Tuesday, October 10, 2006


We've explained the origin of the term regel רגל for a festival. Well, the Torah provides a synonym for regel only a few verses away. In Shmot 23:14 we see:

שָׁלֹשׁ רְגָלִים, תָּחֹג לִי בַּשָּׁנָה

and in verse 17 we see:

שָׁלֹשׁ פְּעָמִים, בַּשָּׁנָה

Both are talking about "three times a year", and on that basis we can view regel as being equivalent to פעם pa'am - both mean "time, occasion". However, while everyone seems to agree that the original meaning of regel was "foot", there is disagreement about paam. Some view the original meaning also as foot (I think it can be seen in Kaddari's Dictionary and in the commentaries on Shmot of both Nachum Sarna (Chapter 27, note 34) and Amos Chacham (on 23:17) . This can be seen from such verses as Shir HaShirim 7:2: מַה-יָּפוּ פְעָמַיִךְ בַּנְּעָלִים - "How lovely are your feet in sandals" and Yishayahu 26:6 פַּעֲמֵי דַלִּים - "soles of the poor". And as Chacham points out, while paam mostly lost its meaning as "feet", regel kept its meaning as feet, but became less associated with "occasion".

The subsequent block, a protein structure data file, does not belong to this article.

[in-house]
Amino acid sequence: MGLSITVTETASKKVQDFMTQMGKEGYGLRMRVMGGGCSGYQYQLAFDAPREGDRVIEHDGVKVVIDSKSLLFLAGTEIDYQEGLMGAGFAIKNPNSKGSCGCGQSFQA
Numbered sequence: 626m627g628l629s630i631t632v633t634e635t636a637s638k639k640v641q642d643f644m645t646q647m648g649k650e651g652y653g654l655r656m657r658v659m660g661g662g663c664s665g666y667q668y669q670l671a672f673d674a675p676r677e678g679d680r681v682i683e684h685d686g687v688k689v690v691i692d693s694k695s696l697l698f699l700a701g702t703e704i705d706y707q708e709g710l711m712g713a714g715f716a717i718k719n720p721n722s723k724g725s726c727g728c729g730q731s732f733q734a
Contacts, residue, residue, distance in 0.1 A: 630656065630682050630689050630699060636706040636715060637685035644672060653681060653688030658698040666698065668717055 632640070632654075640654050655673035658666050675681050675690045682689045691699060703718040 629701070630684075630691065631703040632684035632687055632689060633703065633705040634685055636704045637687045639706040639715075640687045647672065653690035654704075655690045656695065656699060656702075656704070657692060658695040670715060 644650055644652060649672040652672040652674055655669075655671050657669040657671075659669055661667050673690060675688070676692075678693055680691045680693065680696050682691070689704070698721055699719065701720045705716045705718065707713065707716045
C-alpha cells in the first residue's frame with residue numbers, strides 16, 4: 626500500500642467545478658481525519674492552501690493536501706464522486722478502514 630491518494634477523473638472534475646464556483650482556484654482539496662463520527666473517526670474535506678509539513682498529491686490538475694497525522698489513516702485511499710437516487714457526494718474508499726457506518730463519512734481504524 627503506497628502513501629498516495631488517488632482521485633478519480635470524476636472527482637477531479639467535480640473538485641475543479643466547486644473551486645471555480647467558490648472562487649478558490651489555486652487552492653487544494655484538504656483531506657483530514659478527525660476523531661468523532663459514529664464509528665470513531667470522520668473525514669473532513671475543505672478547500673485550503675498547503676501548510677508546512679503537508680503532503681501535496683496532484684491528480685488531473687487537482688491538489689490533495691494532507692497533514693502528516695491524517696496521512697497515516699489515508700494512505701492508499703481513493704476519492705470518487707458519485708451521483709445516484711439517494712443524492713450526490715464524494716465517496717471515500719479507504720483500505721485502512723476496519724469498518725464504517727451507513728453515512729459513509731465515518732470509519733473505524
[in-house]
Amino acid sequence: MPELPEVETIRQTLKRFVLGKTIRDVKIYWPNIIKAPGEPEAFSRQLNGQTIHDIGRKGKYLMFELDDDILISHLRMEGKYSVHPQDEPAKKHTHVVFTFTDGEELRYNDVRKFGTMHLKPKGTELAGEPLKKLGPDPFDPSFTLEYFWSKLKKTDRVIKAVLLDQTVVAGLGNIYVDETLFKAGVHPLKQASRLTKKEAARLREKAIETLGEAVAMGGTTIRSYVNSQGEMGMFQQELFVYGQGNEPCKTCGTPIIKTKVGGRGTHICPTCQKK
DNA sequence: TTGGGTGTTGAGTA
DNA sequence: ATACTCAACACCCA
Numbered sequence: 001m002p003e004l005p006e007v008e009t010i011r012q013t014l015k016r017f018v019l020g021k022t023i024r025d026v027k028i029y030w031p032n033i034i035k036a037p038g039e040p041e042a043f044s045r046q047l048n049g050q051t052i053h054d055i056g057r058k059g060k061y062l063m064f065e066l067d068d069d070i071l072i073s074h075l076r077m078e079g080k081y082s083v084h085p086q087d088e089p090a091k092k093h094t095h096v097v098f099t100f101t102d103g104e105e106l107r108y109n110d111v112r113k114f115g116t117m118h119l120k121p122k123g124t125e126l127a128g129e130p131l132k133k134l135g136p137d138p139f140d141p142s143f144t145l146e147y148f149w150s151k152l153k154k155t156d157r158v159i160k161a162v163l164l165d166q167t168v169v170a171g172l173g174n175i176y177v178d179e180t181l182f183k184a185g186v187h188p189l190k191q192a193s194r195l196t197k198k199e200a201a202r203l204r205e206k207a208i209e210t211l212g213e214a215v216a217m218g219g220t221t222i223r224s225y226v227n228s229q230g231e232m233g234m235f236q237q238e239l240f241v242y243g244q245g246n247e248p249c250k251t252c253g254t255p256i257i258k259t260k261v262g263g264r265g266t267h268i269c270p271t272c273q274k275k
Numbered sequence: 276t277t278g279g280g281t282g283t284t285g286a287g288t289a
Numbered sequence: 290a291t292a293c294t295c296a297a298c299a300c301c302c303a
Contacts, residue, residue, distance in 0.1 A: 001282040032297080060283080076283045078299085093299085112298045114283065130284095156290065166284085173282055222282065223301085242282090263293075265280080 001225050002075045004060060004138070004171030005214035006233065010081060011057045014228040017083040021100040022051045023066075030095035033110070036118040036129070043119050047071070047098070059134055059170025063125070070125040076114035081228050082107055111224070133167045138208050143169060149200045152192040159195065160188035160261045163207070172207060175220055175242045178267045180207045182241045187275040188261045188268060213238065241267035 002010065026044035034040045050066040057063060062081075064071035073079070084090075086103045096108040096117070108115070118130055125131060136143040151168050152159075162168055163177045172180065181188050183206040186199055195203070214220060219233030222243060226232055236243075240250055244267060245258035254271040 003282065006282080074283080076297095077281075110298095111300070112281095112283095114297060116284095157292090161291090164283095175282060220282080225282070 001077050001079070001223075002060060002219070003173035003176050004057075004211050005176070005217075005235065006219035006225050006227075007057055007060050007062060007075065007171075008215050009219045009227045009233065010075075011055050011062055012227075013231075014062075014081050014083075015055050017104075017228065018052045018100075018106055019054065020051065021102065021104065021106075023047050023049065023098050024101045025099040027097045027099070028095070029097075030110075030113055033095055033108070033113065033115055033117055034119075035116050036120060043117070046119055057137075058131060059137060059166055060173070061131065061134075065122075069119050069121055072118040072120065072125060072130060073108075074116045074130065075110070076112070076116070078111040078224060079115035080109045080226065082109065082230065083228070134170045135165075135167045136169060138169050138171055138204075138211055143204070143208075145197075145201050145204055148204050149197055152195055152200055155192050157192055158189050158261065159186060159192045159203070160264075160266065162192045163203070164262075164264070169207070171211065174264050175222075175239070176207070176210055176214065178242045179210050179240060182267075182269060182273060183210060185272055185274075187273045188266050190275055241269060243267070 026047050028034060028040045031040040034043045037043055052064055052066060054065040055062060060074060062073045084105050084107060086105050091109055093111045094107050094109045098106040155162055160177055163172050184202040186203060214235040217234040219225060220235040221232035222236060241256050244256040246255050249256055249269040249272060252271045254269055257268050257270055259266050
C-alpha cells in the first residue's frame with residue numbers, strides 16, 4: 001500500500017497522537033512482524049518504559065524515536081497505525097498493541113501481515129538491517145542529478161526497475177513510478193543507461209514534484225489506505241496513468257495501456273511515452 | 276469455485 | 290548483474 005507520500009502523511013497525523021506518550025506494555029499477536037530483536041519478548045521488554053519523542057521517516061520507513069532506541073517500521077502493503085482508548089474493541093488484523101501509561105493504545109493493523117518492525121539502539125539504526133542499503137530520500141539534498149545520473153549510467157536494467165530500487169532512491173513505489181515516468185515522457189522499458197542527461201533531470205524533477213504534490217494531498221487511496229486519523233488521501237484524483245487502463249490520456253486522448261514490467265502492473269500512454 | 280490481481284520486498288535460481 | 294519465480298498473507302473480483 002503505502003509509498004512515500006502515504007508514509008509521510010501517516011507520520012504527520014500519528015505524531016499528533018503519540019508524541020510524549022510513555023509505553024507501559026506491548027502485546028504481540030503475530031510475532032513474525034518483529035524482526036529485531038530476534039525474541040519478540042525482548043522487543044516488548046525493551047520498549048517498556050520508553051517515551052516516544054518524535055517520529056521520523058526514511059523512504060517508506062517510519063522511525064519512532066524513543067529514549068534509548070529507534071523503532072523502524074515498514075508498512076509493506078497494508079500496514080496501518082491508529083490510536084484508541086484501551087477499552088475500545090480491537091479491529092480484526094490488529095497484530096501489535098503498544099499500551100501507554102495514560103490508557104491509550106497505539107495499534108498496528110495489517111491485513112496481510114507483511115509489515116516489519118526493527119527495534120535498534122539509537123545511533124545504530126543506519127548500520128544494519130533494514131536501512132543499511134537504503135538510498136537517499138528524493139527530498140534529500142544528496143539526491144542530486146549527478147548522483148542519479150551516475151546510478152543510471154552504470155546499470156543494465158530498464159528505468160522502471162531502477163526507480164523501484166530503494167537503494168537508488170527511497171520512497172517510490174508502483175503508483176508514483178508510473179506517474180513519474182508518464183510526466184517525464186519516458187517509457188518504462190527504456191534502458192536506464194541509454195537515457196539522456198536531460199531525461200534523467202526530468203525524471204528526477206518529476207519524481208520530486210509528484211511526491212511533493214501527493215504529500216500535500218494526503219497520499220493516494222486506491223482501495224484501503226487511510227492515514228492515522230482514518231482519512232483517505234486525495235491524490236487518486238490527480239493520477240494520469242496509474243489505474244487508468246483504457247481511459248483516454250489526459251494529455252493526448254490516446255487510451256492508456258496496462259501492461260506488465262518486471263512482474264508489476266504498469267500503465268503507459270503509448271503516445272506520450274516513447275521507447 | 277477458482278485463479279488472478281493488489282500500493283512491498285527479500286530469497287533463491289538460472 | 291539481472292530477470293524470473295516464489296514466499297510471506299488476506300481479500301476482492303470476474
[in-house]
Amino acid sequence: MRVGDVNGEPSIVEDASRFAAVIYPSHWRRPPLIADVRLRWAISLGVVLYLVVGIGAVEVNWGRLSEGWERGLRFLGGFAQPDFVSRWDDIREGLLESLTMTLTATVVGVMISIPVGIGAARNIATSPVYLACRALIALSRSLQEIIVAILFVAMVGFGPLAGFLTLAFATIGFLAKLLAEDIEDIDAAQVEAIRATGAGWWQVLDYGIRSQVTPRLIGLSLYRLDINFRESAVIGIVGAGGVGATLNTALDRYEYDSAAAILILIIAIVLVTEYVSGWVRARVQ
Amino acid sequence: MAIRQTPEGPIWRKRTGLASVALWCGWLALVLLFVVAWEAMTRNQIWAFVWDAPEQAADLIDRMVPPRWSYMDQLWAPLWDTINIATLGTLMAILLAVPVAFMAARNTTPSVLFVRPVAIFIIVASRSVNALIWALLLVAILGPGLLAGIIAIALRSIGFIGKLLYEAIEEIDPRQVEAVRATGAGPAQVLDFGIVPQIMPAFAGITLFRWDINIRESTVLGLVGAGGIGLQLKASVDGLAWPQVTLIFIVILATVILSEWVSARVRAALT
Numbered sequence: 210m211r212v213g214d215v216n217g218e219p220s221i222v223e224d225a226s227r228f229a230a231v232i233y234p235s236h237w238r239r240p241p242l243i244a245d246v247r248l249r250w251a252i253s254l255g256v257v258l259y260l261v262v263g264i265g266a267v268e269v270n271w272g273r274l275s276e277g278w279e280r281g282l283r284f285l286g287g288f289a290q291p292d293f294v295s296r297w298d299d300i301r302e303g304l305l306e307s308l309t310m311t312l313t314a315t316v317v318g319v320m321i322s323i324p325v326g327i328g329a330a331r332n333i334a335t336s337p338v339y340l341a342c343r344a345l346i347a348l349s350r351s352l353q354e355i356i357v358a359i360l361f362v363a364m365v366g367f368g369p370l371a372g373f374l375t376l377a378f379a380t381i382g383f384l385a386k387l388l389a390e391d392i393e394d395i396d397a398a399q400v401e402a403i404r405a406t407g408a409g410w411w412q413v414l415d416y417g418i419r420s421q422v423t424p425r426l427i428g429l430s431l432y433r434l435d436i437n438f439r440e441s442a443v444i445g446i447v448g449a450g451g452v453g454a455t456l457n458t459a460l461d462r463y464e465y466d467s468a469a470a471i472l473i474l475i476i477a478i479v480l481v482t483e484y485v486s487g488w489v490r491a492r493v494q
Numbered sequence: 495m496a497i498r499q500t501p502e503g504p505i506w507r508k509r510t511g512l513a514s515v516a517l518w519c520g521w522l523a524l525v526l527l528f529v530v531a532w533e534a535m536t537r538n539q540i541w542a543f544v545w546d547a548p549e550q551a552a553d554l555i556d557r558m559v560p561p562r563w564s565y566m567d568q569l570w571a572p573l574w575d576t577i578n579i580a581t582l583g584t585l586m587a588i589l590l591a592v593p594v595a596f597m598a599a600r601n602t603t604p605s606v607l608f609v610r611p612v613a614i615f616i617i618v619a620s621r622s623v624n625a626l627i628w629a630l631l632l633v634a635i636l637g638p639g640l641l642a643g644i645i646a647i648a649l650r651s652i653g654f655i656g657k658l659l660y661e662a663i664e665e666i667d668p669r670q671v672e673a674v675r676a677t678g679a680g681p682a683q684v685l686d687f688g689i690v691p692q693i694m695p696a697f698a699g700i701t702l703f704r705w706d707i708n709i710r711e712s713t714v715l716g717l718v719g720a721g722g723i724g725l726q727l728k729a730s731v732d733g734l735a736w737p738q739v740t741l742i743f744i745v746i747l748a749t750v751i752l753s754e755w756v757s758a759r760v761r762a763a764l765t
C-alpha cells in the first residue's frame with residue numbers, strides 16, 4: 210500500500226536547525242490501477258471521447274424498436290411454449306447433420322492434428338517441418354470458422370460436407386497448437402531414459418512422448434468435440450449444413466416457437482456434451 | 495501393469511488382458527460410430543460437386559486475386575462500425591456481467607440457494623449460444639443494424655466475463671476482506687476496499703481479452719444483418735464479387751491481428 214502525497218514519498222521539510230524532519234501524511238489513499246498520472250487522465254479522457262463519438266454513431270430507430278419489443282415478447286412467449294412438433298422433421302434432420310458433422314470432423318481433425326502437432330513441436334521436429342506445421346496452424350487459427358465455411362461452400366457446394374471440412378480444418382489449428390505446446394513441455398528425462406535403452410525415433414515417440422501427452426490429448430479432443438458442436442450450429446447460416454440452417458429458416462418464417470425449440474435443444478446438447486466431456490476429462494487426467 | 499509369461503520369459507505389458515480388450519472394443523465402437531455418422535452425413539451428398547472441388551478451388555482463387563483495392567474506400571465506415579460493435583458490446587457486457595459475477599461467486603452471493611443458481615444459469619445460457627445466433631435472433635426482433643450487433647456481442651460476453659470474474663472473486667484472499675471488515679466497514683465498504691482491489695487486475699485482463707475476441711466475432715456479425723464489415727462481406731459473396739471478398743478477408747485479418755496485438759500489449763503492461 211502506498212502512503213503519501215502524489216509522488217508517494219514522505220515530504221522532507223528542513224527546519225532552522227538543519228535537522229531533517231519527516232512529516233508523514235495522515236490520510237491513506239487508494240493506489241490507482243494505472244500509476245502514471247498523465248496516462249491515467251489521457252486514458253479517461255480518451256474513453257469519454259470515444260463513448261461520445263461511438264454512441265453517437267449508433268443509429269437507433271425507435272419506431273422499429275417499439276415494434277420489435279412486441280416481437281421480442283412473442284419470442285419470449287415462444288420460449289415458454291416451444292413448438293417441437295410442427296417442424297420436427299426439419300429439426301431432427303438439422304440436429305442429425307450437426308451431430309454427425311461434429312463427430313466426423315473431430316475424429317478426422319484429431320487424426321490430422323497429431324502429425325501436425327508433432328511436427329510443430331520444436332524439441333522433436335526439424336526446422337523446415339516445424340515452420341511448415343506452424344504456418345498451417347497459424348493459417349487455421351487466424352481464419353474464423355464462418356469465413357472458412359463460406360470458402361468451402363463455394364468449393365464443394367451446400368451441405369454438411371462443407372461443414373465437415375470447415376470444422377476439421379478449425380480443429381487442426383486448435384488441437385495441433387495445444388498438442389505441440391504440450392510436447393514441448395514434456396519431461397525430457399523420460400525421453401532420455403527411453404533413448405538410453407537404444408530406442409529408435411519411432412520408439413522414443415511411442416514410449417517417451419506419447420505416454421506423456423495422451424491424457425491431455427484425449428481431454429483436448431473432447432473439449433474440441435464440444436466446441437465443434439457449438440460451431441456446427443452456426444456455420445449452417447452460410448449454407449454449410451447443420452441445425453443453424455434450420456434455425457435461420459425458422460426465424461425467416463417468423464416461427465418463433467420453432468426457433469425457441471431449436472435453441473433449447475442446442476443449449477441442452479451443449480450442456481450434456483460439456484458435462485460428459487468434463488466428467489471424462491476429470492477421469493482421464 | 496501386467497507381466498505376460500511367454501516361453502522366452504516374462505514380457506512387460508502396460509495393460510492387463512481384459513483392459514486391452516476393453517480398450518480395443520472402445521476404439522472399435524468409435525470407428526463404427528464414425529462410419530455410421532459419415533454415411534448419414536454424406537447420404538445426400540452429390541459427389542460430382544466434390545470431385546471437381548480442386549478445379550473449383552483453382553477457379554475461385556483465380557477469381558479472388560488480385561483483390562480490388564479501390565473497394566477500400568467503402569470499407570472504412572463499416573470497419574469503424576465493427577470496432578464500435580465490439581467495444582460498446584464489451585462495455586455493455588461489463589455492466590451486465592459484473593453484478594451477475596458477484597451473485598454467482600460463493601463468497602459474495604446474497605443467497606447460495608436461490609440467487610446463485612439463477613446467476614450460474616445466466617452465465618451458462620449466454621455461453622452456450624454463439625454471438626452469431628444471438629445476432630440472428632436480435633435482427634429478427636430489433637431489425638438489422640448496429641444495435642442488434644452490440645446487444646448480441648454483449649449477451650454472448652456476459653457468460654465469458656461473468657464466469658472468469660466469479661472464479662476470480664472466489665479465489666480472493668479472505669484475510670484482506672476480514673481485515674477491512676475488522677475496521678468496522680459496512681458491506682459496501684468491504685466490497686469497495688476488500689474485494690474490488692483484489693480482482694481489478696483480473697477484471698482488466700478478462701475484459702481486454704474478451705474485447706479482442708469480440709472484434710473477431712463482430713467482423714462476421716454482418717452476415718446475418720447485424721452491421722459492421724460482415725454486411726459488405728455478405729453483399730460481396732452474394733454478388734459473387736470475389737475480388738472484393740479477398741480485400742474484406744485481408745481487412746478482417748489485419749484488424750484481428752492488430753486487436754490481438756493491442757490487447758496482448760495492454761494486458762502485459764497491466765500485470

(The association of paam with feet makes for some nice biblical imagery, but creates some strange phrases in Modern Hebrew. For example, foods that want to sound "classic" or "old-fashioned" claim to have a taam shel paam טעם של פעם , as in Treppenwitz's "shamenet shel pa'am". However, the idea of sour cream coming from feet isn't so appetizing.)

However, others, such as Klein, Steinberg and Almagor-Ramon, say that the earlier meaning was "to strike, to beat". From here the meaning went to "step" (both verb and noun), and from there both to "foot" and to "occurrence, time". The meaning of "to strike, to beat" is maintained in such verbs as התפעם - "was disturbed, troubled", peimot פעימות "heartbeats" or "strokes/ strikes" (who remembers the peimot promised after the Wye Agreement?) and paamon פעמון - bell.

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